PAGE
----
This is long-overdue, delayed due to my usual procrastination and recent return to work. But for the last two days our computer and phone systems have been out of service and I'm running out of ways to amuse myself, soooo...
I can't wrap my head around the chatter over American Sniper, the Clint Eastwood-directed tale based on the autobiography of Chris Kyle, the Navy SEAL who was the most lethal sniper in U.S. military history (because of 160 confirmed kills during four tours of duty in Iraq). There's a lot of controversy over (and this is my general impression because I haven't really kept up with it all) whether it has a biased point of view because of its depiction of Iraqis and/or whether it's a pro-war film. This strikes me as misguided.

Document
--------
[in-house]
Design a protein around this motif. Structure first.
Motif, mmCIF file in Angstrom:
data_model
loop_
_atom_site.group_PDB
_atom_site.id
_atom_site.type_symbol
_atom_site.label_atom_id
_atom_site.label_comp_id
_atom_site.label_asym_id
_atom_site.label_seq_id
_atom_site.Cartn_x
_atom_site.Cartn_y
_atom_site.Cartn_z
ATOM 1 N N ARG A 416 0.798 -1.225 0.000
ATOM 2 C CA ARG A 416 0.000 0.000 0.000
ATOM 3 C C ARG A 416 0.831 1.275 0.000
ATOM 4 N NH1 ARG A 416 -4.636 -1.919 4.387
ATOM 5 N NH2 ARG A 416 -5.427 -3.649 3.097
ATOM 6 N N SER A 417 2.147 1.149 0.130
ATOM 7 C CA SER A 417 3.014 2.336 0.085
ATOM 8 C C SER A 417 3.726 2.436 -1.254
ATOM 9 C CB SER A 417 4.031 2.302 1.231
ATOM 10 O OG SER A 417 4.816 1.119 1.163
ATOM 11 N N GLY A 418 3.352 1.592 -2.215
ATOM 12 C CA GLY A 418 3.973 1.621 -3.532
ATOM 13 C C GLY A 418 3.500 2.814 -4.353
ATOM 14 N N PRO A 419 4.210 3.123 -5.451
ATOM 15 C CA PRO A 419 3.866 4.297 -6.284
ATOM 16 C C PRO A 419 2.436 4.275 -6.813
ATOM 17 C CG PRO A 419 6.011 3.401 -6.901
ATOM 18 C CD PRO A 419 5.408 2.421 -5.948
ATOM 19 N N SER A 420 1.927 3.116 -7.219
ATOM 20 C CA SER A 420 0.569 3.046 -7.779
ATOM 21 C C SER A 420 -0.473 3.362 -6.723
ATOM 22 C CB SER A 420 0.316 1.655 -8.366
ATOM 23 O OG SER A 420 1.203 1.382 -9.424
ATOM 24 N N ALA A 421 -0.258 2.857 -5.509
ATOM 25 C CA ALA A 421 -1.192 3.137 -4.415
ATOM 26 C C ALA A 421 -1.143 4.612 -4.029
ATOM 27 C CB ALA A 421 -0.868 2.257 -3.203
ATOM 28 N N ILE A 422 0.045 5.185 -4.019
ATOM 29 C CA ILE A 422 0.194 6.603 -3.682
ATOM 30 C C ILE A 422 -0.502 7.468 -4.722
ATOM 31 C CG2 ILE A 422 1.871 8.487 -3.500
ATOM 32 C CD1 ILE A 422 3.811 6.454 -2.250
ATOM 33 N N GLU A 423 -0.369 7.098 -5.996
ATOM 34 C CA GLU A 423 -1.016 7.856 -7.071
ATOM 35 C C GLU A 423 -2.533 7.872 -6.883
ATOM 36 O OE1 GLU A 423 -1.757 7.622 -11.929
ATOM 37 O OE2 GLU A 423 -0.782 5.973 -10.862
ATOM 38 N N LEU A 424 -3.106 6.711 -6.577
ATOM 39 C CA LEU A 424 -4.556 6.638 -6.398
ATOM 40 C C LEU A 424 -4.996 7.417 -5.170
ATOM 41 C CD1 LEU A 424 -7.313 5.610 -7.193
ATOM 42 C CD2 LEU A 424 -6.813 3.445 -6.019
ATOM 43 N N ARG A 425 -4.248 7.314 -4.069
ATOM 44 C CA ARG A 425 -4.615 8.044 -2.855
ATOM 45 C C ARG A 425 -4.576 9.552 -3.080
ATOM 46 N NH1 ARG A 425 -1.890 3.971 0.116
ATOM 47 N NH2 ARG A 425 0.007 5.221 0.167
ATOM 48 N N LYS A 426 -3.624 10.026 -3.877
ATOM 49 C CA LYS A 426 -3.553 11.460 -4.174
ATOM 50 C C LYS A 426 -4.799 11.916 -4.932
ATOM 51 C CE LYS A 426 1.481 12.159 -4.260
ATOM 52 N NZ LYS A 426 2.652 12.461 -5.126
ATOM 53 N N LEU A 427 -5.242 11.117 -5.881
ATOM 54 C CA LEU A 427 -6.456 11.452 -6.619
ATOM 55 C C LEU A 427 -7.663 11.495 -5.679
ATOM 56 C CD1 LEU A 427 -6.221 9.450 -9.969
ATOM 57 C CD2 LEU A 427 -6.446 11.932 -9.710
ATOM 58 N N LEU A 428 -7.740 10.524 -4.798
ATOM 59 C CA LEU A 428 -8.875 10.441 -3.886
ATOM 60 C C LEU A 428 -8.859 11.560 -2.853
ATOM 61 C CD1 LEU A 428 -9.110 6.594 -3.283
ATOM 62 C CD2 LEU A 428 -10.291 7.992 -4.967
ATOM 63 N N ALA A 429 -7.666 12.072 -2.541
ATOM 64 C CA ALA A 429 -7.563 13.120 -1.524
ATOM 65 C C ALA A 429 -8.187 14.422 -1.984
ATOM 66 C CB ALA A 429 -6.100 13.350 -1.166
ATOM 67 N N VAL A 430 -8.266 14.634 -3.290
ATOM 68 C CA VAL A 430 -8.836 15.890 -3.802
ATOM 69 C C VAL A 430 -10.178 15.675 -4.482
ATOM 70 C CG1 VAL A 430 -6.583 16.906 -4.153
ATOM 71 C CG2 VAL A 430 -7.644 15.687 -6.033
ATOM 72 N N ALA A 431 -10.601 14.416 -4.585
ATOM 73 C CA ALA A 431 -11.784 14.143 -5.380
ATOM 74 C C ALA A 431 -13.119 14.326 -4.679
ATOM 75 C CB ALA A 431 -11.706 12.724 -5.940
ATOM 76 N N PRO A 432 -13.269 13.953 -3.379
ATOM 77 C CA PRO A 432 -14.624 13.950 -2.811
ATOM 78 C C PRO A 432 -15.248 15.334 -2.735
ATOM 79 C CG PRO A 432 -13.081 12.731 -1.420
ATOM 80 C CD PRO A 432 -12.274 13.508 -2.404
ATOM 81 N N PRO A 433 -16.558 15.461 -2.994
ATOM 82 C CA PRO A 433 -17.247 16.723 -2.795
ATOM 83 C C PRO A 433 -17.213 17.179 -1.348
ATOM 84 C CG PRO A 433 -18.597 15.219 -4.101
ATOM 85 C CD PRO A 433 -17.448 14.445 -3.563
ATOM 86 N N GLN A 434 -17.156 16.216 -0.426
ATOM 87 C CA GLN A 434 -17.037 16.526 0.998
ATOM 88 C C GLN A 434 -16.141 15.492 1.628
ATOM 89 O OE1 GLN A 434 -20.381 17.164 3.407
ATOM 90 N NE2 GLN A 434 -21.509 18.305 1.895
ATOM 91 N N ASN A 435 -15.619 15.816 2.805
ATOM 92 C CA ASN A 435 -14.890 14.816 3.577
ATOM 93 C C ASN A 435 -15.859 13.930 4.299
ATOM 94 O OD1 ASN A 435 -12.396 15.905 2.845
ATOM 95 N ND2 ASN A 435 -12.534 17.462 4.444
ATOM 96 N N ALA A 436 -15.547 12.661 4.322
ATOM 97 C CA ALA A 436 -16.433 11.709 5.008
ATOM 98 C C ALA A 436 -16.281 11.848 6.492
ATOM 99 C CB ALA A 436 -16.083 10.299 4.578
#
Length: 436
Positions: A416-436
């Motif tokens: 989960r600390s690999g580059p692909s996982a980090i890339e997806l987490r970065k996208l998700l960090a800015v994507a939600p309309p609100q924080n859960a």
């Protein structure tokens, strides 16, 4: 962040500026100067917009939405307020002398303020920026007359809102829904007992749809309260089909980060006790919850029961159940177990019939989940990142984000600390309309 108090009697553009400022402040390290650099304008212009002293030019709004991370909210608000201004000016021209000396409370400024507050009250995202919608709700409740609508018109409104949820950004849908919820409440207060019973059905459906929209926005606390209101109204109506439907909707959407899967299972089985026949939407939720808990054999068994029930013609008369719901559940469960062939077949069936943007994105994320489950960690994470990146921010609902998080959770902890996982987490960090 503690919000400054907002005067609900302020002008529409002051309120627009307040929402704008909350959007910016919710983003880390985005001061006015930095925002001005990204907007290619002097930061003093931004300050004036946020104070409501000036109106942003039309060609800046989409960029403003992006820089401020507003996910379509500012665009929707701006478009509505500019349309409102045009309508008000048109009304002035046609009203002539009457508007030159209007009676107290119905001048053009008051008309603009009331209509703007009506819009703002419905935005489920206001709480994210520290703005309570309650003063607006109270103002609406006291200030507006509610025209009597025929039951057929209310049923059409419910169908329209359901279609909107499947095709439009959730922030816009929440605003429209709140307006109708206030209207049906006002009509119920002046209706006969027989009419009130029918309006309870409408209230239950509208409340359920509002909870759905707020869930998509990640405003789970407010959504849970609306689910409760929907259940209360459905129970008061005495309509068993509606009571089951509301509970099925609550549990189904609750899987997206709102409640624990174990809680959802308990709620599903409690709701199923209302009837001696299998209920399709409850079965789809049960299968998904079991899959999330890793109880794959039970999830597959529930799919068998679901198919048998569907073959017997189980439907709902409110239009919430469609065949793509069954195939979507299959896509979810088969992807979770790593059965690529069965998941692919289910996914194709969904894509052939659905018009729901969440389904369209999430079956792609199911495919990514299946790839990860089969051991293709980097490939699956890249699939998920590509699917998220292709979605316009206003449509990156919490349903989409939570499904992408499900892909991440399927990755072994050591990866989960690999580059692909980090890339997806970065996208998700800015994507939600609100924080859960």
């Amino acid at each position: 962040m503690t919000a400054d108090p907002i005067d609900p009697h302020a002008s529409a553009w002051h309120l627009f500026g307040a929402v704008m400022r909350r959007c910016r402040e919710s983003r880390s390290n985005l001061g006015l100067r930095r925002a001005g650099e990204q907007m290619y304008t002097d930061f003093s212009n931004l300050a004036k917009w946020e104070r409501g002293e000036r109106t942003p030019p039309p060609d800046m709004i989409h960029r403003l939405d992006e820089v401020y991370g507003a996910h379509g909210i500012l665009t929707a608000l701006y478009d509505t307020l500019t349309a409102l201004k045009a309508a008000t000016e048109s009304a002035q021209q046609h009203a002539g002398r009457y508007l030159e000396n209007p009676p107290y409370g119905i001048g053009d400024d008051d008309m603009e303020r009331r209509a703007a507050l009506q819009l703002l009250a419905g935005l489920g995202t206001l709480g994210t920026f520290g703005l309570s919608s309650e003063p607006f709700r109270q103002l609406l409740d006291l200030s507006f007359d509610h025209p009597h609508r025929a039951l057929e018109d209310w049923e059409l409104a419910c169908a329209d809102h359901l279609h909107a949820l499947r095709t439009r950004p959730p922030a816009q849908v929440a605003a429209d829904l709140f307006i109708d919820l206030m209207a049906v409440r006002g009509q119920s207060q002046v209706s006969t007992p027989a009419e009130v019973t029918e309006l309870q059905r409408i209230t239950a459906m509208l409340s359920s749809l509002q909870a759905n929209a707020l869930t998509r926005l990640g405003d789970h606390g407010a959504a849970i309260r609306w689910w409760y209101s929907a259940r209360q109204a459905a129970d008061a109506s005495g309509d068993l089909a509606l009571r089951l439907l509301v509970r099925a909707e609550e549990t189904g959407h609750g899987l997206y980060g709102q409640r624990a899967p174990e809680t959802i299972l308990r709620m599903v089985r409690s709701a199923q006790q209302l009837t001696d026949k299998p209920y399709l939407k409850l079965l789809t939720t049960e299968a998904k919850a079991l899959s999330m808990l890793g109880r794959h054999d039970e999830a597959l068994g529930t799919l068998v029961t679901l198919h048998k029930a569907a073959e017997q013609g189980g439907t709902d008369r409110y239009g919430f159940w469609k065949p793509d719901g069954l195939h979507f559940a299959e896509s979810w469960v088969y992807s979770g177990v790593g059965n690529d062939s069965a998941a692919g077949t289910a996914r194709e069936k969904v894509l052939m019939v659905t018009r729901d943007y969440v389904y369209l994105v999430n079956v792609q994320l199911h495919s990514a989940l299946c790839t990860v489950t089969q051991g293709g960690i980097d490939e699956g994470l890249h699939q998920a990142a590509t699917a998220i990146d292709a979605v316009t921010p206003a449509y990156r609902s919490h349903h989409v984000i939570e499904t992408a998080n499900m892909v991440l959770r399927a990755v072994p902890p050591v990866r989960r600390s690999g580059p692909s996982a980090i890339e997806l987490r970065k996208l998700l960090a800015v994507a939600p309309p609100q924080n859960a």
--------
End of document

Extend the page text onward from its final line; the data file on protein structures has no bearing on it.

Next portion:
The film is so focused on Kyle (Bradley Cooper, who dioes well) specifically -- how his father taught him to hunt, how terrorist attacks inspired him to join the military, the cumulative effect of his time in Iraq and all those he killed -- that even his wife (Sienna Miller, wasted) is a minor character. There's no room in this tale for the bigger issues -- whether the war was just, our treatment of Muslims, how we do or don't take care of returning vets. And Eastwood clearly wasn't trying to delve into these issues. He wasn't trying to do what he did with his Flags of Our Fathers/Letters from Iwo Jima films.
And because of this, for me the film itself is a bit lacking, six Oscar nominations (including Best Picture) notwithstanding. There are tense moments but overall I wasn't very moved. It came off as a little too matter-of-fact. My grade: B.